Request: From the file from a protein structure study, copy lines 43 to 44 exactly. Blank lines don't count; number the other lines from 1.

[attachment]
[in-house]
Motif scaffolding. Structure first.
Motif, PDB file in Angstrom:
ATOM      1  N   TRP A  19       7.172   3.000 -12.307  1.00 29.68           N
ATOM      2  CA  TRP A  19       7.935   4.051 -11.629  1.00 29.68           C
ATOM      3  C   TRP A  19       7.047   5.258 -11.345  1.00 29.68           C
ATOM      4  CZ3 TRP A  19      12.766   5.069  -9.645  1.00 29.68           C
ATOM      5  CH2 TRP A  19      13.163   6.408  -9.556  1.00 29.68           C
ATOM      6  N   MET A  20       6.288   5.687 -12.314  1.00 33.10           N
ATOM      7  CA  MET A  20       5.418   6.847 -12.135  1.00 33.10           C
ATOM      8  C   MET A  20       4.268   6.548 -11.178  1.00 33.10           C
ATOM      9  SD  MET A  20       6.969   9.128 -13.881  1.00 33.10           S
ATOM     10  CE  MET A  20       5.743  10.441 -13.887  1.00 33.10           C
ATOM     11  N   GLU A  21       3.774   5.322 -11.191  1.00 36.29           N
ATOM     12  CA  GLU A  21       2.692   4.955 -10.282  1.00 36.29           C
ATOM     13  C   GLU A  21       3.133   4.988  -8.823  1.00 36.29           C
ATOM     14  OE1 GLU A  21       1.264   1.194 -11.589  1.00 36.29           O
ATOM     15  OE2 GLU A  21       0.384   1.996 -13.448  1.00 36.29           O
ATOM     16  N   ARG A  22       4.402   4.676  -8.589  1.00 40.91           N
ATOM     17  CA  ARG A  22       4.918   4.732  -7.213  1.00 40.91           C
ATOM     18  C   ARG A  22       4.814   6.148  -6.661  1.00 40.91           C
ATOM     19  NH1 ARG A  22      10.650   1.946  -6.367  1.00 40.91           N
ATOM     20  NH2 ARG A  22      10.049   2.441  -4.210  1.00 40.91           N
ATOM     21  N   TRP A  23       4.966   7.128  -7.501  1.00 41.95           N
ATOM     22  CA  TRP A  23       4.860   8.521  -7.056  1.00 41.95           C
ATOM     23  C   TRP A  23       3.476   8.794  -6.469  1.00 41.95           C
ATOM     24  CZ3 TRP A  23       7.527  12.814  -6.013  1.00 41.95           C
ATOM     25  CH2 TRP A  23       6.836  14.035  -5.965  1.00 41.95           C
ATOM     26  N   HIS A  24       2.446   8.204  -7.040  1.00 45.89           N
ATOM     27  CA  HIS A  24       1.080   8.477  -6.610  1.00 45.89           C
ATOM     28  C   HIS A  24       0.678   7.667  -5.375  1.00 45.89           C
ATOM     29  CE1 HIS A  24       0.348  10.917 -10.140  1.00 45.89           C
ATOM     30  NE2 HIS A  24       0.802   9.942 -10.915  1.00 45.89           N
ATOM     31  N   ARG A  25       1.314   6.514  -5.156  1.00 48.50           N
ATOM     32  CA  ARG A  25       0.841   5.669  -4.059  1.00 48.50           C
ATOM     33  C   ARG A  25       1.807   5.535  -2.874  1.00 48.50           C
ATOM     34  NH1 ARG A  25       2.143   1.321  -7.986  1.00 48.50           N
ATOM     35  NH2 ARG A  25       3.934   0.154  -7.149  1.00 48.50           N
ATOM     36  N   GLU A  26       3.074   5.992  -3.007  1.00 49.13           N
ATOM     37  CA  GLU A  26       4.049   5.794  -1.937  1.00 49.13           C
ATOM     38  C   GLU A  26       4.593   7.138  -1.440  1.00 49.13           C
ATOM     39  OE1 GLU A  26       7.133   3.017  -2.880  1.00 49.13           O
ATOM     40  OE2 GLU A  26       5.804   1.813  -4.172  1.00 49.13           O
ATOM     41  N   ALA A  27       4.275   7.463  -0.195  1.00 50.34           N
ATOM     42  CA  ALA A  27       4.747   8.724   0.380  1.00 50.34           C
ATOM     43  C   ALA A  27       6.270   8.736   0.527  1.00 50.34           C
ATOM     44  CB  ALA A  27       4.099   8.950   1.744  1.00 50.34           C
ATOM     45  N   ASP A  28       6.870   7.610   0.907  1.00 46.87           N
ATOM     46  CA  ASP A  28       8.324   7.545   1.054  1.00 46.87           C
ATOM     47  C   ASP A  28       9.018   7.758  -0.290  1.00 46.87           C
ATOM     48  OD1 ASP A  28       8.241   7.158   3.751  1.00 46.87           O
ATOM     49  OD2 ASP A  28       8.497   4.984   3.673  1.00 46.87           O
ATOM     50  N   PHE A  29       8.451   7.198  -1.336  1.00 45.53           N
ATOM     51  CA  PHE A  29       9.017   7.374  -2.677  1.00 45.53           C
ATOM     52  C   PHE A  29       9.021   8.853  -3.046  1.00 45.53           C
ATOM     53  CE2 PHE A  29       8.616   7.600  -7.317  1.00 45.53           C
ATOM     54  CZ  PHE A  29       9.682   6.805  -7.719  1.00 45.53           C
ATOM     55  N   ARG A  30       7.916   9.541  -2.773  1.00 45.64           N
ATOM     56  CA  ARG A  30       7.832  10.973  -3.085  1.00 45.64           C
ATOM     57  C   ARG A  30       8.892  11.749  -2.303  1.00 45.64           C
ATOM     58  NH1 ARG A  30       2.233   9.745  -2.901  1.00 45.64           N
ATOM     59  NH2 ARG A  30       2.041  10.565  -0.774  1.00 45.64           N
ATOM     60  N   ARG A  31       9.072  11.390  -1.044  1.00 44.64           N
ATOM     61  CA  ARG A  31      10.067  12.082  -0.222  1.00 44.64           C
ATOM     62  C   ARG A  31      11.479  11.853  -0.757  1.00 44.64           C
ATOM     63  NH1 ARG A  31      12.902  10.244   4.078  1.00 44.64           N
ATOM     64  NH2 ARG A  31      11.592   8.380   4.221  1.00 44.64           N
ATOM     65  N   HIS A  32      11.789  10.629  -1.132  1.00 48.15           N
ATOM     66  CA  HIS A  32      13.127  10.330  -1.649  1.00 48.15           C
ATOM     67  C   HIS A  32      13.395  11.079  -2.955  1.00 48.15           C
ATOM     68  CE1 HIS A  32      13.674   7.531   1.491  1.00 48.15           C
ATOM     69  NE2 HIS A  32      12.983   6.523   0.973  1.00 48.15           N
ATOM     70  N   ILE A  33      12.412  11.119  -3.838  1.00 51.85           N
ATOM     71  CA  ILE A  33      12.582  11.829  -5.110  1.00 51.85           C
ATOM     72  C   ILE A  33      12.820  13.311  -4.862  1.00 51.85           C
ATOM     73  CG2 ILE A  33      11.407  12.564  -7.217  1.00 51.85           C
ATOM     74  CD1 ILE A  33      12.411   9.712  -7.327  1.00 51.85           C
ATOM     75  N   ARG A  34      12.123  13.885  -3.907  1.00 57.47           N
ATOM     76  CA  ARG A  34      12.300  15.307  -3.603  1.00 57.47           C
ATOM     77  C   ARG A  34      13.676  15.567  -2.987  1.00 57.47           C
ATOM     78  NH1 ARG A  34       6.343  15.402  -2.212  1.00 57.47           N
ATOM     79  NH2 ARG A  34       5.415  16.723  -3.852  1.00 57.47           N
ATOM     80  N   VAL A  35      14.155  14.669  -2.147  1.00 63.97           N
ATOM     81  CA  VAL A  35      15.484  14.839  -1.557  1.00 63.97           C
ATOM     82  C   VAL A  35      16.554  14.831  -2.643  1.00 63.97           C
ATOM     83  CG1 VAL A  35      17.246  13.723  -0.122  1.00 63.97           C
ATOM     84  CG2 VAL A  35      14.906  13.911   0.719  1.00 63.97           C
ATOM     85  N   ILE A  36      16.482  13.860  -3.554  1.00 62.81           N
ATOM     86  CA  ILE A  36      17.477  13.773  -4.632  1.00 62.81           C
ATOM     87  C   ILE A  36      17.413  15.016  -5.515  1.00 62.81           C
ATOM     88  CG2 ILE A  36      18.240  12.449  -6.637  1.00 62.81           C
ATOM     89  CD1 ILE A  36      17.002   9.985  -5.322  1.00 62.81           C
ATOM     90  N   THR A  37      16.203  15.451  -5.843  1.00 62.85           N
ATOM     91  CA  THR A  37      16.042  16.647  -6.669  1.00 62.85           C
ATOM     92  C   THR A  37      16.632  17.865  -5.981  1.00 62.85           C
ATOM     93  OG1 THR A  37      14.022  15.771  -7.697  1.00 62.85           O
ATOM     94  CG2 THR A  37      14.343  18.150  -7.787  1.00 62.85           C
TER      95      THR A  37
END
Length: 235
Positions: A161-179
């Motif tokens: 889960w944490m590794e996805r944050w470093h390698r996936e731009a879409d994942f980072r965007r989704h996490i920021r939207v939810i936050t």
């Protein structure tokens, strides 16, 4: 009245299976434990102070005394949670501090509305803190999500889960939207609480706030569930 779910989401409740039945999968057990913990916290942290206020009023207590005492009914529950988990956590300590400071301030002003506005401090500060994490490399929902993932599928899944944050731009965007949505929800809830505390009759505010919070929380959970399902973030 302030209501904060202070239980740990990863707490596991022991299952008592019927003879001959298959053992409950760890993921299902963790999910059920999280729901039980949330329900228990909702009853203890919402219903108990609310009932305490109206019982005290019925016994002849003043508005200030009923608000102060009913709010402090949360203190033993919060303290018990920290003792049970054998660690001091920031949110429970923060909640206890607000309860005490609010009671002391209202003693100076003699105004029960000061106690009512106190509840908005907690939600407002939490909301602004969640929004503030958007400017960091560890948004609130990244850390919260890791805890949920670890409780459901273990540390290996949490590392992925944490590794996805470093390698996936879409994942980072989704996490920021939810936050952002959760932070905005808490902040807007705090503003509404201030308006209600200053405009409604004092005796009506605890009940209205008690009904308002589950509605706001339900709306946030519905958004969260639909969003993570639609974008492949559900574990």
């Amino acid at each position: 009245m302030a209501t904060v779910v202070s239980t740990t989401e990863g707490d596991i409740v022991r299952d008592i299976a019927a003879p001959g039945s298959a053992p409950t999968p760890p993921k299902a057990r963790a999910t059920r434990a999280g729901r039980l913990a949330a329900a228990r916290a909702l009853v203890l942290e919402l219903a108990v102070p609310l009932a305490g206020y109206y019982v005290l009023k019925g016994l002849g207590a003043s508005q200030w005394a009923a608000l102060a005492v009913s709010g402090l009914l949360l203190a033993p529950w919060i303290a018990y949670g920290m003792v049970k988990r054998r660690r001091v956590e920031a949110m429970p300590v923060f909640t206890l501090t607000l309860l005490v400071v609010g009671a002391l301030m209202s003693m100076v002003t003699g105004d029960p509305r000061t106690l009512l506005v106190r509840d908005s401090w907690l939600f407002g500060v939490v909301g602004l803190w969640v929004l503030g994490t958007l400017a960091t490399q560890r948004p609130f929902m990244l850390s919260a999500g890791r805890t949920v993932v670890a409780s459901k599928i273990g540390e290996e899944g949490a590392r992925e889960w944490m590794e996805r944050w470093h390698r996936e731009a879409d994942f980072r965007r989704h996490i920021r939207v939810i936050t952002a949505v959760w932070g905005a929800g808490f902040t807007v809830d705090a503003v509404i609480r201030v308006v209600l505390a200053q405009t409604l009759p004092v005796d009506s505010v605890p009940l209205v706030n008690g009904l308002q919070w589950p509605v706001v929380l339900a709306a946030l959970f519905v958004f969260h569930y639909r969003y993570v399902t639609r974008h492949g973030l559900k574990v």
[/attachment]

ATOM     40  OE2 GLU A  26       5.804   1.813  -4.172  1.00 49.13           O
ATOM     41  N   ALA A  27       4.275   7.463  -0.195  1.00 50.34           N